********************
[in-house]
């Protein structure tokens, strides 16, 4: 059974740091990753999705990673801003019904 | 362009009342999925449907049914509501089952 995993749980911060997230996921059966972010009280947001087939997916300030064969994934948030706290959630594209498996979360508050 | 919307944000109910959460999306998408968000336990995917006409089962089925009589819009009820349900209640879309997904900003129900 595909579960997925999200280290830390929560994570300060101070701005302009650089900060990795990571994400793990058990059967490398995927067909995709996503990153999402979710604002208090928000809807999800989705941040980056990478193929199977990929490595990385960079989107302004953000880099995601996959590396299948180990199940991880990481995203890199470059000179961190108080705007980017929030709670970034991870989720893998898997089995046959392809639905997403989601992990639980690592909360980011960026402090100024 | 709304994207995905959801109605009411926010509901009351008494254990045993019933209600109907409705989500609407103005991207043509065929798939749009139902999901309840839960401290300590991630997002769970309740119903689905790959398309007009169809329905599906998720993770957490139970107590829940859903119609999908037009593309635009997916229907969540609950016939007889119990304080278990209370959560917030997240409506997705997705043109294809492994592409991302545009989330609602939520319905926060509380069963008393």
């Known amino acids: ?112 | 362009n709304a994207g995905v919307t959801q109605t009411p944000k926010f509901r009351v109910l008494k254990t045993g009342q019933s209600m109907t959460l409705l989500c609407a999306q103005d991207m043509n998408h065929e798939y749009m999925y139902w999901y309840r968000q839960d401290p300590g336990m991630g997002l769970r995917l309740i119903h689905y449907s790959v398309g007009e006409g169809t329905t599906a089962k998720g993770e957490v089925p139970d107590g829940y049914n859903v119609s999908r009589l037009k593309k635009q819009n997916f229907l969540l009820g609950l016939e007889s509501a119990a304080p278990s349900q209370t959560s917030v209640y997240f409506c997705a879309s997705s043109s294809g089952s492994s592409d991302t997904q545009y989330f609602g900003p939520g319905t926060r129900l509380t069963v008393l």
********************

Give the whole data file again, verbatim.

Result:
[in-house]
């Protein structure tokens, strides 16, 4: 059974740091990753999705990673801003019904 | 362009009342999925449907049914509501089952 995993749980911060997230996921059966972010009280947001087939997916300030064969994934948030706290959630594209498996979360508050 | 919307944000109910959460999306998408968000336990995917006409089962089925009589819009009820349900209640879309997904900003129900 595909579960997925999200280290830390929560994570300060101070701005302009650089900060990795990571994400793990058990059967490398995927067909995709996503990153999402979710604002208090928000809807999800989705941040980056990478193929199977990929490595990385960079989107302004953000880099995601996959590396299948180990199940991880990481995203890199470059000179961190108080705007980017929030709670970034991870989720893998898997089995046959392809639905997403989601992990639980690592909360980011960026402090100024 | 709304994207995905959801109605009411926010509901009351008494254990045993019933209600109907409705989500609407103005991207043509065929798939749009139902999901309840839960401290300590991630997002769970309740119903689905790959398309007009169809329905599906998720993770957490139970107590829940859903119609999908037009593309635009997916229907969540609950016939007889119990304080278990209370959560917030997240409506997705997705043109294809492994592409991302545009989330609602939520319905926060509380069963008393």
């Known amino acids: ?112 | 362009n709304a994207g995905v919307t959801q109605t009411p944000k926010f509901r009351v109910l008494k254990t045993g009342q019933s209600m109907t959460l409705l989500c609407a999306q103005d991207m043509n998408h065929e798939y749009m999925y139902w999901y309840r968000q839960d401290p300590g336990m991630g997002l769970r995917l309740i119903h689905y449907s790959v398309g007009e006409g169809t329905t599906a089962k998720g993770e957490v089925p139970d107590g829940y049914n859903v119609s999908r009589l037009k593309k635009q819009n997916f229907l969540l009820g609950l016939e007889s509501a119990a304080p278990s349900q209370t959560s917030v209640y997240f409506c997705a879309s997705s043109s294809g089952s492994s592409d991302t997904q545009y989330f609602g900003p939520g319905t926060r129900l509380t069963v008393l």